Or at the least. and much else. and eaten. hunt deer. as represented by images made of seed paste. sing and dance for days on end. as the sixteenth-century scholar Fray Diego Durán says of priestly dress. since for the Aztecs the act was typically an aspect of sacrifice. erect and adorn idols. eat earth. “had its special meaning and mystery attached to it.” Besides human sacrifices. drink pulque. according to Harris. unblemished youths or virgin maids. to be explained by the natural need for protein by which Harris proposes to account for it. Most often they were captives or purchased slaves.—have we even known. Still. carved.3 Harner’s scientific fortitude. is too rich. Sahagún. At certain festivals the victims were gods. beg alms. offer valuable gifts to the gods. Harris makes a point of congratulating Michael Harner for having had the intellectual courage to propose the protein theory. except for those who were drowned or pushed off high platforms. more rarely criminals or citizens. adults or children. practice chastity. or else the victims passed directly under the famous obsidian knife. parade in the streets. Not since the early Spanish chronicles—Díaz. The limbs of an unknown proportion of an uncertain number of human victims were likewise eaten. finally rescued Aztec cannibalism from the obscurity to which it was long confined by an idealist scholarship. etc. These sacrificial offerings were also of prescribed social categories: men or women. What is important here is that in a culinary theory of cannibalism the ritual as such is without motivation. Nor could it be of . The human sacrifices were begun by putting the victims in fire or by an unequal gladiatorial combat. this stupendous system of sacrifice. To accept his view. we have to make some kind of bargain with the ethnographic reality. Each ornament of these costumes. trading away what we know about it in order to understand it. how to describe Aztec cannibalism for what it was. take ceremonial baths. Motolinía. Such disagreement between the Western concept and the native category has recently been the subject of a lot of positivist cant. dependent on the prior assimilation of the victim to the god. prepare and eat special delicacies. play games. according to Harris. which were ceremoniously killed. Durán. logically as well as practically.out of seclusion. one could argue from the same historical sources that “cannibalism” as a cultural category was indeed invented by modern anthropologists. Cortés. Each sort of ritual required an appropriate costume or costumes. often of costly imported materials.2 Perhaps that is why Mr. hold sham fights. Clearly the cultural content at issue. stage farces. it takes a heroic act of utilitarian faith to conclude that this sacrificial system was a way the Aztecs had for getting some meat. there were many offerings of quail and other animals. and thus it was the highest form of communion. they might necessarily be married or unmarried.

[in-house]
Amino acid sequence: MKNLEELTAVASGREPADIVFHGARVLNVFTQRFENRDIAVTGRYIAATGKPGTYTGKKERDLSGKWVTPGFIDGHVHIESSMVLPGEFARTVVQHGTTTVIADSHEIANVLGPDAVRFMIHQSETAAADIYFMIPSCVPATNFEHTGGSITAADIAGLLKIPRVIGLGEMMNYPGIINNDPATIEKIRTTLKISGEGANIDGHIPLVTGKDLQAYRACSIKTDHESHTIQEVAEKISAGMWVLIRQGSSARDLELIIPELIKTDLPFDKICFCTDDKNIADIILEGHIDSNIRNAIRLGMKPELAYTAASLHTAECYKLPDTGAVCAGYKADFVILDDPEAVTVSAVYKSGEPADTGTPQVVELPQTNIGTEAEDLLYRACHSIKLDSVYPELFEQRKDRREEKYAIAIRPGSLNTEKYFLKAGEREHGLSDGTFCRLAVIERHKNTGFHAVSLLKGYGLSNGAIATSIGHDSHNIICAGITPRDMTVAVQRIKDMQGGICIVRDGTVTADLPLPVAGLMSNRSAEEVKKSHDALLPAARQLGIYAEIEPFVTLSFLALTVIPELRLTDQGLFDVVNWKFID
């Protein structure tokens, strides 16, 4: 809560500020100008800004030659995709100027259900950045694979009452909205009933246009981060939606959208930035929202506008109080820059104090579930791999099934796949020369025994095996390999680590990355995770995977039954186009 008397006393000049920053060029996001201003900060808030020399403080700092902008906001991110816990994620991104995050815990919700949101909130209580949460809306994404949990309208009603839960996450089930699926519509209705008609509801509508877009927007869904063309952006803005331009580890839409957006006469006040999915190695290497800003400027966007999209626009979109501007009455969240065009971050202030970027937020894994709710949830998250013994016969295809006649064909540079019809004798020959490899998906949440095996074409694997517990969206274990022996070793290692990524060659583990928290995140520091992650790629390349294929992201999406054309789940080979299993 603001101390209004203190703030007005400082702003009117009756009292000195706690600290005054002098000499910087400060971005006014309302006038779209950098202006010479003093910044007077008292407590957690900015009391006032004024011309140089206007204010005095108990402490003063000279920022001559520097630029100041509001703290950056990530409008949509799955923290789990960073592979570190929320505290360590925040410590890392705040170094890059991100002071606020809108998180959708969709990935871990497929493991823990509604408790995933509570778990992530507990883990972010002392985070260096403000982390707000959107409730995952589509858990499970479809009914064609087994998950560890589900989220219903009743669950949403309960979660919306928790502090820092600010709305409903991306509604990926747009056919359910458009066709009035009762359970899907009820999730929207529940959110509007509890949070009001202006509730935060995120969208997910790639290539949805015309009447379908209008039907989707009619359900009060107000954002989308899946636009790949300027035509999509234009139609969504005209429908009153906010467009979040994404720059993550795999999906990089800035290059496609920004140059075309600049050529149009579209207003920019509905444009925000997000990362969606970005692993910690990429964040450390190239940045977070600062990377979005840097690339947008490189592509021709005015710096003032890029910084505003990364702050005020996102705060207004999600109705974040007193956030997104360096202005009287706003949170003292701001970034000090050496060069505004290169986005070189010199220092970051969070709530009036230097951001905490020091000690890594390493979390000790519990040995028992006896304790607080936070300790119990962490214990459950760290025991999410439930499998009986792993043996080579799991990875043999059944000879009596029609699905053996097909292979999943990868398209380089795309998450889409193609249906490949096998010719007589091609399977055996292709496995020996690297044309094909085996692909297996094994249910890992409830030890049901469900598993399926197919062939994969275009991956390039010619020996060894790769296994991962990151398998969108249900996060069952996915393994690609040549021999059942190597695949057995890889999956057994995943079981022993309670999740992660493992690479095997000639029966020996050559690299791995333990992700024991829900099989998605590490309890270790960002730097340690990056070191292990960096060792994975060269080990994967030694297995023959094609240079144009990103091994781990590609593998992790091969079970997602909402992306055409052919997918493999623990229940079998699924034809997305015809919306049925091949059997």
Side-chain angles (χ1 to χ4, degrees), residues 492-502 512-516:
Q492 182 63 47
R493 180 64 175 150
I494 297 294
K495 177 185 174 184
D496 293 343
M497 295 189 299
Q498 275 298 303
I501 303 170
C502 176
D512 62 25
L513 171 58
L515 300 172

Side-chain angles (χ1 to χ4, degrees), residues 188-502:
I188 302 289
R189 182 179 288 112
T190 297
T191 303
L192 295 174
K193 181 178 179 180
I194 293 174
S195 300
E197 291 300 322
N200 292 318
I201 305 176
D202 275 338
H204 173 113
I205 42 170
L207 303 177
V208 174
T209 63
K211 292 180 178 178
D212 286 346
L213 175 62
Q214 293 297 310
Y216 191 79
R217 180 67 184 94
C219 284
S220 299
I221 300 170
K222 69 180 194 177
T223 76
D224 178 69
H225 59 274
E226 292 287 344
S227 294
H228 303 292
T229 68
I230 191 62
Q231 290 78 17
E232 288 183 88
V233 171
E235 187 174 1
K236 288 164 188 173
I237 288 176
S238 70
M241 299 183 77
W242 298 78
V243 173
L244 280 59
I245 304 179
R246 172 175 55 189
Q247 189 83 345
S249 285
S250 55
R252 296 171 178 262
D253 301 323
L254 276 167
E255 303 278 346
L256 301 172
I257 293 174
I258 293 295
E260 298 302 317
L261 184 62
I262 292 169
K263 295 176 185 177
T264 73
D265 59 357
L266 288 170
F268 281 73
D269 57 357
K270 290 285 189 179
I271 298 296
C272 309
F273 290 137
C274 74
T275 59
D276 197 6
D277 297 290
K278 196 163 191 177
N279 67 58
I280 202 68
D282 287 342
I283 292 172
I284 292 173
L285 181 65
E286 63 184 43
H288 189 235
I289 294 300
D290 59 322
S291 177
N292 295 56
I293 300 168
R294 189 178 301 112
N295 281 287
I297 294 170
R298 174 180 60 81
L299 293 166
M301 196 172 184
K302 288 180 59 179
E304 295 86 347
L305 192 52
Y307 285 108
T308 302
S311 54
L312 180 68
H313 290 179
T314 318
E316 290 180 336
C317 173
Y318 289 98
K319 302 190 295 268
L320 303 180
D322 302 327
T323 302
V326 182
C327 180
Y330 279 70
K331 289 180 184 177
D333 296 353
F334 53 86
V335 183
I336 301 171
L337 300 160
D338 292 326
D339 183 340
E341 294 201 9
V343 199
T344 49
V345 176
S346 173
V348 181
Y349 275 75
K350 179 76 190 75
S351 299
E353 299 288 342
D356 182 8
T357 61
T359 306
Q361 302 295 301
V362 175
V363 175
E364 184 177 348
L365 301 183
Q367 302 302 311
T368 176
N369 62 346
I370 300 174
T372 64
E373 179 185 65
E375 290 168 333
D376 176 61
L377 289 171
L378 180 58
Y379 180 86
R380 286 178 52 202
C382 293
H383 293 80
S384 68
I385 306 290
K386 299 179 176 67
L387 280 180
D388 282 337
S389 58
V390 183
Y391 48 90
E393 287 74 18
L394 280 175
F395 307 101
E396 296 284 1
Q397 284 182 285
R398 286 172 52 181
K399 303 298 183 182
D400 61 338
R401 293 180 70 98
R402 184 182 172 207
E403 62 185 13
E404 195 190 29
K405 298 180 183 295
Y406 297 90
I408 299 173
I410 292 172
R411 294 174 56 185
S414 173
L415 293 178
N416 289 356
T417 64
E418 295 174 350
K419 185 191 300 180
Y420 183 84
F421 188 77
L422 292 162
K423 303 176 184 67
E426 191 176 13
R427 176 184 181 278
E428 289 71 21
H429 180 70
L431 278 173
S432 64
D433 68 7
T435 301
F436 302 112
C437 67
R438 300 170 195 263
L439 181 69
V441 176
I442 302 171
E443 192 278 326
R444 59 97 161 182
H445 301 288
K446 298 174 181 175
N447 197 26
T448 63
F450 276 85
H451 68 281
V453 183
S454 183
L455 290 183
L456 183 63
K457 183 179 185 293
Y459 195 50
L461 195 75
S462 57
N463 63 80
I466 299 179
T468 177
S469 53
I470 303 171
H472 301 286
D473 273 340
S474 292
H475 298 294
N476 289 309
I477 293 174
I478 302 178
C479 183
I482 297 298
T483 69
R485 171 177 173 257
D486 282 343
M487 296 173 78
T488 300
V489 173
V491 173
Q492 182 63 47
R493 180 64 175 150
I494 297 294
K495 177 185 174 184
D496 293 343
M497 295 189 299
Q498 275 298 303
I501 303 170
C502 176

They were greeted with incense by priests.… You will die here but your fame will live forever. where they were treated “as if they had been gods. Hence . but only a slight modification of his theory is needed to take account of the fact that supernatural power is often a power external to society. Consumed then by man.”6 A group of Huaxtec prisoners were distributed among the wards of the city. “He is as my beloved father. it seems. Offered as food to the god. so the high Aztec god Tezcatlipoca had as another name “Enemy” (Yaotl). Other priests offered them special breads from the temples. is precisely what is greater than it. the sacrificial act itself was performed by priests. “He is as my beloved son”. then. eat my own flesh?” He had to eat someone else’s captive.interest to Harris that the logic of Aztec sacrifice conforms to that in the classic texts of French sociology on the subject (notably Hubert’s and Mauss’s Sacrifice). he said. Let our god rejoice in them since they belong to him.4 Frequently the owner of the prisoner or slave had a nurturing part to play through the rituals preceding the death. the sacrifier himself could not eat the captive—”Shall I. and distribute the flesh of his own captive to certain notables and relations. let them be fat and desirable for sacrifice On the day of the feast of our god. in the way gods are greeted. Durkheim said that “god” is a way men figure to themselves the power of society. the captive replied. Among the Aztecs.” on the injunction of the victorious Aztec commander: Behold. The entire sacrificial process begins with the union of victim and sacrifier. (“Sacrifier” is the technical term for the party who both provides and benefits from the sacrifice. The sacrifier’s own body might be painted and dressed as a complement to the victim’s. escaping its order.5 Fray Diego Durán describes the way certain processions of prisoners were honored as they entered Mexico City. they would see only because they would die there—but their death.” By reason of this kinship. When a warrior took a prisoner. would be enshrined in these same splendors: “We salute you and comfort you with these words. and between the latter and the god. which it is the purpose of the rituals to effect: between the sacrifier and the victim. the victim takes on the nature of a god. they were reminded. The victim in turn passed through several rites of consecration which brought him successively closer to the god.) But to achieve these benefits from sacrifice would necessarily require a double identification. Formally they were welcomed to a city whose splendors. they are the Children of the Sun! Feed them well. donors respectively of prisoners and slaves.7 As enemies are thus assimilated to gods. the offering transmits this divine power to man. Death is thus turned into life: what happens to the sacrificial victim may be made to happen in reverse to the one who sacrifices. What is beyond society. the sacrifier was usually a warrior or merchant.